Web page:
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Sinn Sisamouth, Khmer poster boy
resonating tenor of every residence
off rooftops     on radios
a voice that chilled and warmed

Beloved, iconic face
decapitated    pasted over bodies in posters

My father is lost at Gun Hill Road in the Bronx.
A voice interrupts my daze
sprays 60’s surf rock from the dashboard,
a Cambodian riding the radio waves.

Honey, this was the most famous singer in Cambodia.

Post-exodus Cambodia, 1975
two soldiers looked over the singer,
his palms pressed together in greeting.

He is asked to sing something
but muzzled by rattling AK-47s
echoing across hills. Children are playing soldier.
Fetuses ripped from wombs dangle
in nearby trees.

Yet he opened his mouth
and a flood of love melodies poured out.

An online friend revived
Bopha Reach Sroh
over a hip-hop instrumental.

No one knows what happened to him.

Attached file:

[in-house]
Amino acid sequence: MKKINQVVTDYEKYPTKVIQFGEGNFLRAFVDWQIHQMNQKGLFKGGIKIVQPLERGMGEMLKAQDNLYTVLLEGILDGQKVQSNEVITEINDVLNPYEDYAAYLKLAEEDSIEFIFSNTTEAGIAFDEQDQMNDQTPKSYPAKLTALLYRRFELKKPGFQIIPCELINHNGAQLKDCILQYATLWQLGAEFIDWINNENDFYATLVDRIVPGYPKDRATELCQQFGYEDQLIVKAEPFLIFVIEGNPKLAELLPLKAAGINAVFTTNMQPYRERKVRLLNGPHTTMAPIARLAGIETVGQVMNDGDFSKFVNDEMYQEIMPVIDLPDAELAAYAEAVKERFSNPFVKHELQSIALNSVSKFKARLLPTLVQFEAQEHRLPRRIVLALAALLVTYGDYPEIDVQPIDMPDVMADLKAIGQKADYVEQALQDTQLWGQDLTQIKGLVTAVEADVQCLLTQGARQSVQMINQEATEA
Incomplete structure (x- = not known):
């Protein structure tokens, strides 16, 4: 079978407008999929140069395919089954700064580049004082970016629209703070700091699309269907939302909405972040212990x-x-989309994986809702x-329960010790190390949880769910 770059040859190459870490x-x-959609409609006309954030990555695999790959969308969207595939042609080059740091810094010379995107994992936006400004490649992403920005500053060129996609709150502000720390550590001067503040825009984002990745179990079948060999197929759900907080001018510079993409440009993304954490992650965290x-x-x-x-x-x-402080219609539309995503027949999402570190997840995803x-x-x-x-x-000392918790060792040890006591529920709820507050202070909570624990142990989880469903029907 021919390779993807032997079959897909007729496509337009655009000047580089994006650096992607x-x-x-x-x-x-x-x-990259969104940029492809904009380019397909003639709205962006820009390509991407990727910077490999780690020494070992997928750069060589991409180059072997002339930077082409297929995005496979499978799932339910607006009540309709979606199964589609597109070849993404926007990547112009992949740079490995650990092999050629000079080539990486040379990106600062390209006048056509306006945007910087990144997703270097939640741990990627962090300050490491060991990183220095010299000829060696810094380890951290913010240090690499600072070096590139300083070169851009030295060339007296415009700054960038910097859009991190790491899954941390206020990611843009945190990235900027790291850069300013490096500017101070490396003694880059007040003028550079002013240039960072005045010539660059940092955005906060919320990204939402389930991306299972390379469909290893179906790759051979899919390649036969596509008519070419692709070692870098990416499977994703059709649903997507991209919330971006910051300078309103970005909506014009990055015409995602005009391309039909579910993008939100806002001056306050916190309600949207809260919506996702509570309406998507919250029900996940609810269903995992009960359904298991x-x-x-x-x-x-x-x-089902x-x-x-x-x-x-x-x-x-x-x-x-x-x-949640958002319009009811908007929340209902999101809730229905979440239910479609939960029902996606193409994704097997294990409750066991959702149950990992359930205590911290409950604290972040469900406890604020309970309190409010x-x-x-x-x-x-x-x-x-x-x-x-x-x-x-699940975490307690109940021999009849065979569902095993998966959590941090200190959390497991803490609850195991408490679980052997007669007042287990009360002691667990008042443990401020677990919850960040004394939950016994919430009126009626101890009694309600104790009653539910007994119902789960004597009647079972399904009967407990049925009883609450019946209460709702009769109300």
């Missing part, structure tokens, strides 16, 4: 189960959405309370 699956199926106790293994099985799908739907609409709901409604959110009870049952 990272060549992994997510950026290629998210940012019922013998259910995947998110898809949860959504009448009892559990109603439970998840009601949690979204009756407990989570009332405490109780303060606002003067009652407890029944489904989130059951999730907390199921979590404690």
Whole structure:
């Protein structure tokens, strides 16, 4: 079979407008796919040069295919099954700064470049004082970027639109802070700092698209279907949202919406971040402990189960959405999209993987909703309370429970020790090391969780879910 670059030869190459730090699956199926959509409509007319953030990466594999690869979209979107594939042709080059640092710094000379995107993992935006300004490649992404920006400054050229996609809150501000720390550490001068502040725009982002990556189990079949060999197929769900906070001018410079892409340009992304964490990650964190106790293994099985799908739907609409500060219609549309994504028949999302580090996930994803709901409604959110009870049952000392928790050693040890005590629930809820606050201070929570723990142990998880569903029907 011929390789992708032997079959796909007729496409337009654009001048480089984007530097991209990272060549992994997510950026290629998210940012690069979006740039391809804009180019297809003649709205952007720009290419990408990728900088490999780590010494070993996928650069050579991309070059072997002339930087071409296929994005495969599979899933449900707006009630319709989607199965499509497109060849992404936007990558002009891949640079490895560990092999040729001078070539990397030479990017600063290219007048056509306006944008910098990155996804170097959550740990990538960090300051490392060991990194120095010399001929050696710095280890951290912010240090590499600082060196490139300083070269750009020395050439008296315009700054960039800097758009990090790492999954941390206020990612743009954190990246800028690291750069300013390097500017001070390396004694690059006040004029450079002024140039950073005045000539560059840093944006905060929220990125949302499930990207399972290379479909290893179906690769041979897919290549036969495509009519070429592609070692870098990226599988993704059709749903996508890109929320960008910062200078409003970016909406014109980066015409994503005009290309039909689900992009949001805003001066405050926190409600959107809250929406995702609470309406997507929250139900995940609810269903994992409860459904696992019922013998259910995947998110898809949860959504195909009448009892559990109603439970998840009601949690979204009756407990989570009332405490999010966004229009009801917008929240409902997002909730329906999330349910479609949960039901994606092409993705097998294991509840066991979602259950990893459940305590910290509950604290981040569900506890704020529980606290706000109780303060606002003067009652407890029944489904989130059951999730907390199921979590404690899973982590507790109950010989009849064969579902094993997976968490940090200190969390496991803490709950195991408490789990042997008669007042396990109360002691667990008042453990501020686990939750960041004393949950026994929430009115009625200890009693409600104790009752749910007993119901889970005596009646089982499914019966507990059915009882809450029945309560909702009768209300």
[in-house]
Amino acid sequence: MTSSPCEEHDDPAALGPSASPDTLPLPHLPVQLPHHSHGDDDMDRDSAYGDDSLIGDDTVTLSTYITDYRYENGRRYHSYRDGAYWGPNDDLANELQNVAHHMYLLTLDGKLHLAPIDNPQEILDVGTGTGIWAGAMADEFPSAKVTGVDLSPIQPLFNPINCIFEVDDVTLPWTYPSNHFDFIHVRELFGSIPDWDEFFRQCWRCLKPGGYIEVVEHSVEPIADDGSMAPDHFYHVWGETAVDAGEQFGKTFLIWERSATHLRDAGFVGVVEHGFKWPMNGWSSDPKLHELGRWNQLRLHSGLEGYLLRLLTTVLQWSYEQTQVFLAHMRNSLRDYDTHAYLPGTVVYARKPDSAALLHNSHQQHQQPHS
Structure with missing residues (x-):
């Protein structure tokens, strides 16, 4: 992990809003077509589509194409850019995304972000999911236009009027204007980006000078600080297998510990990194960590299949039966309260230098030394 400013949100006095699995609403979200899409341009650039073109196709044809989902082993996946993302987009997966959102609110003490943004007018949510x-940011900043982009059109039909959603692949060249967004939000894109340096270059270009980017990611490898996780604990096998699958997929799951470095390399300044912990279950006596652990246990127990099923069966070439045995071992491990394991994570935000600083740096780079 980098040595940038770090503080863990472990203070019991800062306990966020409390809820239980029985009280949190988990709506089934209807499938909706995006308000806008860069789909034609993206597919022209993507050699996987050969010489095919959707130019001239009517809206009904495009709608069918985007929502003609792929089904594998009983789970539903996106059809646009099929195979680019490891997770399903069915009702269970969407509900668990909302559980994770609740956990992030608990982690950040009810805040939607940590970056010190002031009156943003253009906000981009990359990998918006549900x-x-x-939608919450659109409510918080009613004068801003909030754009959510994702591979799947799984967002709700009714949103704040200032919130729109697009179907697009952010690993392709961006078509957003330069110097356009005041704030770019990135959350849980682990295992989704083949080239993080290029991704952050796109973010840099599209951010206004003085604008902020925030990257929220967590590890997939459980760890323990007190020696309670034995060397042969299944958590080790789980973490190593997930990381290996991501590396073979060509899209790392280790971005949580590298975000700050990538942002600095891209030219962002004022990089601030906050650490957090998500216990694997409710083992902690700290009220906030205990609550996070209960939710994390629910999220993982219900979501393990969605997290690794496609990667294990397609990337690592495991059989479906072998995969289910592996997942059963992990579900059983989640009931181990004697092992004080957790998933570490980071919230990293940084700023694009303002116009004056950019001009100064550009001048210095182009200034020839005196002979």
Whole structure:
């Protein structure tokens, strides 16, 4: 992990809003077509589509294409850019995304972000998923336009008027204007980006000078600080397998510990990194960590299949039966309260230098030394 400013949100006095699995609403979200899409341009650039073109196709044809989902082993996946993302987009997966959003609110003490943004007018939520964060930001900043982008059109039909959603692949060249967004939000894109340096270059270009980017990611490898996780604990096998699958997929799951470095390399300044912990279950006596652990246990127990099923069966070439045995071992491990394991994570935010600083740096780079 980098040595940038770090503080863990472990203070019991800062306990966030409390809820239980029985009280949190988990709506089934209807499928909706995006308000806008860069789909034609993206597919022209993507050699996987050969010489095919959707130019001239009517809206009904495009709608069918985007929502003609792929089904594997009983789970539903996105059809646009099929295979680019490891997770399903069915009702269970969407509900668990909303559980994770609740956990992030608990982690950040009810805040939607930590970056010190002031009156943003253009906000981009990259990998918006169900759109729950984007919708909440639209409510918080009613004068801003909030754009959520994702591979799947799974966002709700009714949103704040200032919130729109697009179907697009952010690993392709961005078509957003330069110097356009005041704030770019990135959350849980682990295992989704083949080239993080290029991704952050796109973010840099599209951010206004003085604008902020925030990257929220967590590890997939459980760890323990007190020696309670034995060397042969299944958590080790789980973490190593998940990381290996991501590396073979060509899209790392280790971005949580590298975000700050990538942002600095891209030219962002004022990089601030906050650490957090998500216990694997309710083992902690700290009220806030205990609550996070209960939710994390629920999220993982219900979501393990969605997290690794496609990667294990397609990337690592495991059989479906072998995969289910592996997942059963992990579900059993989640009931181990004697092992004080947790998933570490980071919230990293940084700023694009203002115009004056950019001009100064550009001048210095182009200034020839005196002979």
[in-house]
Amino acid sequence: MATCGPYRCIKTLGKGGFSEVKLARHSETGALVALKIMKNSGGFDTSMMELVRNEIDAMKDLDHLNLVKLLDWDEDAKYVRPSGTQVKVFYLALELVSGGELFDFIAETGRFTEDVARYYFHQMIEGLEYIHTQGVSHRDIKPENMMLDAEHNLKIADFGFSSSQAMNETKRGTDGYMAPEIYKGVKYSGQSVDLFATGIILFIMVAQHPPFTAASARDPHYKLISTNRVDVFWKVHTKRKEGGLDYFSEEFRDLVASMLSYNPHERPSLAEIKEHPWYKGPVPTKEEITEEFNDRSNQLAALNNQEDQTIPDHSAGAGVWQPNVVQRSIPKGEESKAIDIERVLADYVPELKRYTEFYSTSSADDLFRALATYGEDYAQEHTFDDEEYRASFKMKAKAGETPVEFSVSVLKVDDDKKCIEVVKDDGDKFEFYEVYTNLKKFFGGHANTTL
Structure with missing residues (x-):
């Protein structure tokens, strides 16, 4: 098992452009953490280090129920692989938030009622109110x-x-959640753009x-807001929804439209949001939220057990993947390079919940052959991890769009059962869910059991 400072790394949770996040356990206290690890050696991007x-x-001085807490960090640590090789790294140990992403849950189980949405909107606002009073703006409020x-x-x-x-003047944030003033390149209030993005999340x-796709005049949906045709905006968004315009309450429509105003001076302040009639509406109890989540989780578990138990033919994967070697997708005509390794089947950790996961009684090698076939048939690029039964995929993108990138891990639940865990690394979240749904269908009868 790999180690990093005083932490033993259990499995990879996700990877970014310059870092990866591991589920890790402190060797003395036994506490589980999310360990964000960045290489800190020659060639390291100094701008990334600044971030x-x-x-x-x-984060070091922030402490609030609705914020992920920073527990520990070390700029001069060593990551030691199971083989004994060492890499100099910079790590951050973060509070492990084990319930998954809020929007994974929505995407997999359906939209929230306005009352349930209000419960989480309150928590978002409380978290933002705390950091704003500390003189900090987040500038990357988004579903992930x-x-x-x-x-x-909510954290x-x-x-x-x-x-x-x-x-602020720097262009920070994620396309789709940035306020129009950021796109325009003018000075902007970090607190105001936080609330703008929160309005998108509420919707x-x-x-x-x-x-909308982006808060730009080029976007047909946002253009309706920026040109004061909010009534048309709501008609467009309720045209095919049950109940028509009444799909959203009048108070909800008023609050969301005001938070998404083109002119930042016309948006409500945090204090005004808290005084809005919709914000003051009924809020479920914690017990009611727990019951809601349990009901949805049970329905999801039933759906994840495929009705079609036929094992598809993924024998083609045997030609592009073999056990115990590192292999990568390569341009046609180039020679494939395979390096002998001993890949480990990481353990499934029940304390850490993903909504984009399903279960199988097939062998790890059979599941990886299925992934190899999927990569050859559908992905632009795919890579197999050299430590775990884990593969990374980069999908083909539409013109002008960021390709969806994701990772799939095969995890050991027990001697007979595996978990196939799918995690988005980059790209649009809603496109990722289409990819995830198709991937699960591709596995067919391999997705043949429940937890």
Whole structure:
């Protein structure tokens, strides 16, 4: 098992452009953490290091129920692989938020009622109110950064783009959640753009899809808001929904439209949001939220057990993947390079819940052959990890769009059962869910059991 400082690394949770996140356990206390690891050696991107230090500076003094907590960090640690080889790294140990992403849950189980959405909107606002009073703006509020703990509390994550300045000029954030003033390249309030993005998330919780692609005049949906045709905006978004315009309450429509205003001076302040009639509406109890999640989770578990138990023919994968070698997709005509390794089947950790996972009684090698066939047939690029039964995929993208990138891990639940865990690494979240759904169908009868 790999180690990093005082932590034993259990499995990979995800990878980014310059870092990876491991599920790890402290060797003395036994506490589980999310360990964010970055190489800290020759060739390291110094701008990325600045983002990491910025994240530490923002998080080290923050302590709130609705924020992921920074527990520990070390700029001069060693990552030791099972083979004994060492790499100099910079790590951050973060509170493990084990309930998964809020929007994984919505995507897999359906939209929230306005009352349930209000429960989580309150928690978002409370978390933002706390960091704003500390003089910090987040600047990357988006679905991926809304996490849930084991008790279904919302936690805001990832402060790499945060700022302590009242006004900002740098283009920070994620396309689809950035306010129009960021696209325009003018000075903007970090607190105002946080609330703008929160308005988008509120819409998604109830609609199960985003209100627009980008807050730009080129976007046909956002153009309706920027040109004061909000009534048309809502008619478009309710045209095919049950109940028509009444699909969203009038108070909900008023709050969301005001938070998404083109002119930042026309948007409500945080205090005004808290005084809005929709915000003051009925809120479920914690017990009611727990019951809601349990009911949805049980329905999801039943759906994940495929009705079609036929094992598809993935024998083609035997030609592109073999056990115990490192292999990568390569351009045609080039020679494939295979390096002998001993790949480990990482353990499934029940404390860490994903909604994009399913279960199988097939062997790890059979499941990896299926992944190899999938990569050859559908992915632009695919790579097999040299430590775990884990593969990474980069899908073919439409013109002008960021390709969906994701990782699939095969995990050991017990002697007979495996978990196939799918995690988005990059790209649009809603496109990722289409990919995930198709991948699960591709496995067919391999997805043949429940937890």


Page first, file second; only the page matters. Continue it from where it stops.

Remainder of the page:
It’s said that the Khmer Rouge made him sing
before they shot him.

The stench of the unburied
transmits across towers of bones.

Sokunthary Svay is a Pushcart-nominated Khmer writer and musician from the Bronx. She and her family were refugees from Cambodia who survived the genocidal Khmer Rouge regime. She is the poetry editor for Newtown Literary and founding member of the Cambodian American Literary Arts Association (CALAA). She has been published in Women's Studies Quarterly, Prairie Schooner, LONTAR, and Mekong Review. Her first poetry collection, Apsara in New York (Willow Books), will be published this fall.

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